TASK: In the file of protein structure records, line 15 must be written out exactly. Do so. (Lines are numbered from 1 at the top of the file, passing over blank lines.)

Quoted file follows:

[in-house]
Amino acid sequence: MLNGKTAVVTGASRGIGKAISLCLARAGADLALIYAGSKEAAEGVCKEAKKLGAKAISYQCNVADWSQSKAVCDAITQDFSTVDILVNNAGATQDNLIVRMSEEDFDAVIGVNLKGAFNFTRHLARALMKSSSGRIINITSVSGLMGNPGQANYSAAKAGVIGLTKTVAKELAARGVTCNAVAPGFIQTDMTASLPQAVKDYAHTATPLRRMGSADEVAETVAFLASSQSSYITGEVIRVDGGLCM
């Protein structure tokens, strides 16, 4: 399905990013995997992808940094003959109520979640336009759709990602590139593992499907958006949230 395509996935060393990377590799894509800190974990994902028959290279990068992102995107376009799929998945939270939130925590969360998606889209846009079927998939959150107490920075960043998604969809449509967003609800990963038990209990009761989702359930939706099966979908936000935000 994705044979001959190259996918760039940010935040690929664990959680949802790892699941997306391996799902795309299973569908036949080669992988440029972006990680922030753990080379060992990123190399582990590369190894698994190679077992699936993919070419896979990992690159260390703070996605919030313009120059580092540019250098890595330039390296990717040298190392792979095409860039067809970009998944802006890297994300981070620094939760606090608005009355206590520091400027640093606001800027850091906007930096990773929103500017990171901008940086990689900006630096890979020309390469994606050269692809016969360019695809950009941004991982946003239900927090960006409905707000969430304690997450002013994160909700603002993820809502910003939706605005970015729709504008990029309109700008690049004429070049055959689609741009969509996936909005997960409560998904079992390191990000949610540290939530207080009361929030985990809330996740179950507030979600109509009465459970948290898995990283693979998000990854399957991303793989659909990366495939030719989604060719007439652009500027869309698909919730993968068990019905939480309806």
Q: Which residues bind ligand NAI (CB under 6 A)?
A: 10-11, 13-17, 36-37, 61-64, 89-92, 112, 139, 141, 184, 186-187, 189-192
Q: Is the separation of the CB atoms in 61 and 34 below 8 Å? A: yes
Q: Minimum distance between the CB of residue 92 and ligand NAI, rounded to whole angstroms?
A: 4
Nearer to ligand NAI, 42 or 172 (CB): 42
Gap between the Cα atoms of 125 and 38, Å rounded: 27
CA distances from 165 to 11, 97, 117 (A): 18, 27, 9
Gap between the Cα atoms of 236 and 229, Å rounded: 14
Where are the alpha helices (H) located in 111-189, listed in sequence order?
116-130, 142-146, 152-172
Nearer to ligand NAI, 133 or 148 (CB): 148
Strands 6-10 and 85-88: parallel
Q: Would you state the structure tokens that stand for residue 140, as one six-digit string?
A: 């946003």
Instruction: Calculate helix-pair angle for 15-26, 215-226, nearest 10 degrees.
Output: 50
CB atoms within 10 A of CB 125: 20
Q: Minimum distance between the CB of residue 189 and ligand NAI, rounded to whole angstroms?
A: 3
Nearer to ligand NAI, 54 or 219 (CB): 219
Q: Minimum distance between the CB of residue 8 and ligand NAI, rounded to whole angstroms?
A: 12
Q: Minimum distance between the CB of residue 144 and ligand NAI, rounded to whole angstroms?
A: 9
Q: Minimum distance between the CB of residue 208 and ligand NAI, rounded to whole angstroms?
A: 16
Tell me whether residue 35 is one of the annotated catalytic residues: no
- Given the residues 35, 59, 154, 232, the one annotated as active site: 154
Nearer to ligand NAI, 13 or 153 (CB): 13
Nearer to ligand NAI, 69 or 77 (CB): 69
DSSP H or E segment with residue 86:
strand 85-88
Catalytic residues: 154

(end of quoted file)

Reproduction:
Nearer to ligand NAI, 133 or 148 (CB): 148